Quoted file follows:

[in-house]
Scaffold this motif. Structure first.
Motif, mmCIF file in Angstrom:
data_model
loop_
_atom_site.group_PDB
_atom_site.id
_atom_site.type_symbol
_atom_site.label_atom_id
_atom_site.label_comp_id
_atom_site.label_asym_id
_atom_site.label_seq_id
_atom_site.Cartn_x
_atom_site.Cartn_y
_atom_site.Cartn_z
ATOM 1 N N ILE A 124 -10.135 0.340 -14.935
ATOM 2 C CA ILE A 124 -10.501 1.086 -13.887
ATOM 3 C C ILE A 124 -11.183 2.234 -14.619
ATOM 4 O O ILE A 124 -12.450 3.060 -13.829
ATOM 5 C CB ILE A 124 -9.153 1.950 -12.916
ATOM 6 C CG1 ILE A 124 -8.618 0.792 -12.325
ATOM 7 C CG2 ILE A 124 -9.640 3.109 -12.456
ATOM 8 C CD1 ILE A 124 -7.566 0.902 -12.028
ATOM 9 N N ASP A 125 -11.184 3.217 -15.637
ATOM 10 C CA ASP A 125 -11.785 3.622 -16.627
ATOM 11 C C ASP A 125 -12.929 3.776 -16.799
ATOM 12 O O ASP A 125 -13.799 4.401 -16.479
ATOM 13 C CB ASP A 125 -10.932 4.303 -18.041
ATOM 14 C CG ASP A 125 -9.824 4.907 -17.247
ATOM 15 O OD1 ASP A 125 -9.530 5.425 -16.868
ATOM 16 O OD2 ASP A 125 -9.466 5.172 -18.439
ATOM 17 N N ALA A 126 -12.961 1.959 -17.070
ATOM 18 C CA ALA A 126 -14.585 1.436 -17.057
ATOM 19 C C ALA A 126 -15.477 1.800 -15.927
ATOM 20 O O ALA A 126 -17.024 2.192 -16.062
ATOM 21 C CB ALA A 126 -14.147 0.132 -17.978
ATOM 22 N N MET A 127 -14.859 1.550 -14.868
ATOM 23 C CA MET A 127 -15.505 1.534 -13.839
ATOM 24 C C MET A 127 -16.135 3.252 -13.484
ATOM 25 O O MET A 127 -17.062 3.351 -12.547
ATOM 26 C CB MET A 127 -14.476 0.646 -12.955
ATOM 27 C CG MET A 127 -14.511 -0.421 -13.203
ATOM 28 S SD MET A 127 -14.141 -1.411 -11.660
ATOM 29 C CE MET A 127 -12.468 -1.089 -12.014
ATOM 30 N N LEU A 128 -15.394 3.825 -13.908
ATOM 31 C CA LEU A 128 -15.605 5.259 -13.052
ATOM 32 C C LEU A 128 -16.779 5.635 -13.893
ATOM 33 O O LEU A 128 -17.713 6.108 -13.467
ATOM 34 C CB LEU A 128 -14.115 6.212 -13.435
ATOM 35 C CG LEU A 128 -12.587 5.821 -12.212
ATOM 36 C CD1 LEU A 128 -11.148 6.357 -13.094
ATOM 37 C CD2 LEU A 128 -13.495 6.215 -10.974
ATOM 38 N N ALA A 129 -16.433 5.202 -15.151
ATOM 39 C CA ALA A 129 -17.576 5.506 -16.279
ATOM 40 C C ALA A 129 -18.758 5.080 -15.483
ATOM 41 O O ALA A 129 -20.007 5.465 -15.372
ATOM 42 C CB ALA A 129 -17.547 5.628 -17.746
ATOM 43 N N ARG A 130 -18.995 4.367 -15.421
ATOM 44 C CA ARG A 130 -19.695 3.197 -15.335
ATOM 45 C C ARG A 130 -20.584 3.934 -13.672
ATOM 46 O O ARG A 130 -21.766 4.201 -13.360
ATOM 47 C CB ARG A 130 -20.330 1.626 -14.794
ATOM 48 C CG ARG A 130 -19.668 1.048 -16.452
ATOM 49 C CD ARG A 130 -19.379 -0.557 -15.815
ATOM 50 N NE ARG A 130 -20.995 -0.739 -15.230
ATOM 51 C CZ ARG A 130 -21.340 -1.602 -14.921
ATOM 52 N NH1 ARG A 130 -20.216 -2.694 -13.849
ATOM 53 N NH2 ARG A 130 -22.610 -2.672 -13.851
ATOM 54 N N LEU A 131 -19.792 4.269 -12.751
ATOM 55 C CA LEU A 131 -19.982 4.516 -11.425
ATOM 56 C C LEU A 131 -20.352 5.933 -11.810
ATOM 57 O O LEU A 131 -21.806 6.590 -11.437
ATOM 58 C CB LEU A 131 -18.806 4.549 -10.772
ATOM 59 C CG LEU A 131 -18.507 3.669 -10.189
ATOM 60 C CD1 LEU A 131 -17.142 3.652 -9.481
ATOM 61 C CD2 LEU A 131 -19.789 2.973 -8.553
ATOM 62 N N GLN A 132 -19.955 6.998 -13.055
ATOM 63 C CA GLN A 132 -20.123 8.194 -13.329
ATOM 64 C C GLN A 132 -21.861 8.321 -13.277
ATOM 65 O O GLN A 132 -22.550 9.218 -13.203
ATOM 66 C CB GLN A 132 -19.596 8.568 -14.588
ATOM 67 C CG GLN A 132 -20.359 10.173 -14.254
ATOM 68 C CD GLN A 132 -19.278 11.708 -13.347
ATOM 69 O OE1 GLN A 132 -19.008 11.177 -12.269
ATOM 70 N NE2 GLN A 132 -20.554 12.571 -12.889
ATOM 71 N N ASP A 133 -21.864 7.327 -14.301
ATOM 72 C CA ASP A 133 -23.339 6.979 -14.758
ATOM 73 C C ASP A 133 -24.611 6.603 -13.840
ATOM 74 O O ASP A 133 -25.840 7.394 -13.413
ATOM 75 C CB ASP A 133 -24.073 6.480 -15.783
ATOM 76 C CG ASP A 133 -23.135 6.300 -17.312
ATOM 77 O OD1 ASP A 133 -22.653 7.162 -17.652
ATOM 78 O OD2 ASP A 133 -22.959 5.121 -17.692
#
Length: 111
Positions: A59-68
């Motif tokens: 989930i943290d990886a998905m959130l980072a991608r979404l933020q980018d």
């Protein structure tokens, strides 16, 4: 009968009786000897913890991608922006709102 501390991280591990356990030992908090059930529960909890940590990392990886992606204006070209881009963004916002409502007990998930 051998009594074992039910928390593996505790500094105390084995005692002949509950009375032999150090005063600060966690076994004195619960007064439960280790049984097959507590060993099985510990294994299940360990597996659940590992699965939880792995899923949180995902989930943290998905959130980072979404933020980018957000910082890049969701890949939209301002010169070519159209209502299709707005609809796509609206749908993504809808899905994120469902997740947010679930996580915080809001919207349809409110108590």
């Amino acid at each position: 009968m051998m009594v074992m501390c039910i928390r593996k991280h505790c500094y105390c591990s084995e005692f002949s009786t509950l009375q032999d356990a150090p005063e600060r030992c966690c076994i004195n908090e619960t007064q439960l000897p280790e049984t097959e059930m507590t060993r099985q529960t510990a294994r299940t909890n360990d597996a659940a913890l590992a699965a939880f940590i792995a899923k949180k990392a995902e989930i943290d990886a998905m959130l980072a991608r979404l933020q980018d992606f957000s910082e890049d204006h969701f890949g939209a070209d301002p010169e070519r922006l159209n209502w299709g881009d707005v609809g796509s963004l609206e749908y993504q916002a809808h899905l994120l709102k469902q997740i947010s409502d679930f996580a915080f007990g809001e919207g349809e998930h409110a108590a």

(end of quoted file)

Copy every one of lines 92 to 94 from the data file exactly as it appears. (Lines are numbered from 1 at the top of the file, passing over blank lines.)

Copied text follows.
ATOM 77 O OD1 ASP A 133 -22.653 7.162 -17.652
ATOM 78 O OD2 ASP A 133 -22.959 5.121 -17.692
#